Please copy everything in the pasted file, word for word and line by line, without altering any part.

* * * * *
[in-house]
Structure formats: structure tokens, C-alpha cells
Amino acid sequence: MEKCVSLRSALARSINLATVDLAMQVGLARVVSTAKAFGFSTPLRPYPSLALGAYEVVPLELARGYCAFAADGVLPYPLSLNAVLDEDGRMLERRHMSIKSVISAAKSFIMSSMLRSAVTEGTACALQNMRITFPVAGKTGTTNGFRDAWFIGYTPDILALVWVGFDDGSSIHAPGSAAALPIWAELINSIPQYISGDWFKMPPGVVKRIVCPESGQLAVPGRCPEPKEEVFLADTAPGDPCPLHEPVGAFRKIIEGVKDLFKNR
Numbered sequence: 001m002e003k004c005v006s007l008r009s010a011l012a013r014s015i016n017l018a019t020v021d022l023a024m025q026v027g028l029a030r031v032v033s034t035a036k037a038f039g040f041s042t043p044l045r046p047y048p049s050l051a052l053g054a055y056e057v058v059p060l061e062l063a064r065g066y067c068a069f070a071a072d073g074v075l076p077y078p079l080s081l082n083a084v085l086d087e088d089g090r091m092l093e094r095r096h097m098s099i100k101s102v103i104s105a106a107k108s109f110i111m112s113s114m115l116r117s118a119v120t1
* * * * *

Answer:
[in-house]
Structure formats: structure tokens, C-alpha cells
Amino acid sequence: MEKCVSLRSALARSINLATVDLAMQVGLARVVSTAKAFGFSTPLRPYPSLALGAYEVVPLELARGYCAFAADGVLPYPLSLNAVLDEDGRMLERRHMSIKSVISAAKSFIMSSMLRSAVTEGTACALQNMRITFPVAGKTGTTNGFRDAWFIGYTPDILALVWVGFDDGSSIHAPGSAAALPIWAELINSIPQYISGDWFKMPPGVVKRIVCPESGQLAVPGRCPEPKEEVFLADTAPGDPCPLHEPVGAFRKIIEGVKDLFKNR
Numbered sequence: 001m002e003k004c005v006s007l008r009s010a011l012a013r014s015i016n017l018a019t020v021d022l023a024m025q026v027g028l029a030r031v032v033s034t035a036k037a038f039g040f041s042t043p044l045r046p047y048p049s050l051a052l053g054a055y056e057v058v059p060l061e062l063a064r065g066y067c068a069f070a071a072d073g074v075l076p077y078p079l080s081l082n083a084v085l086d087e088d089g090r091m092l093e094r095r096h097m098s099i100k101s102v103i104s105a106a107k108s109f110i111m112s113s114m115l116r117s118a119v120t1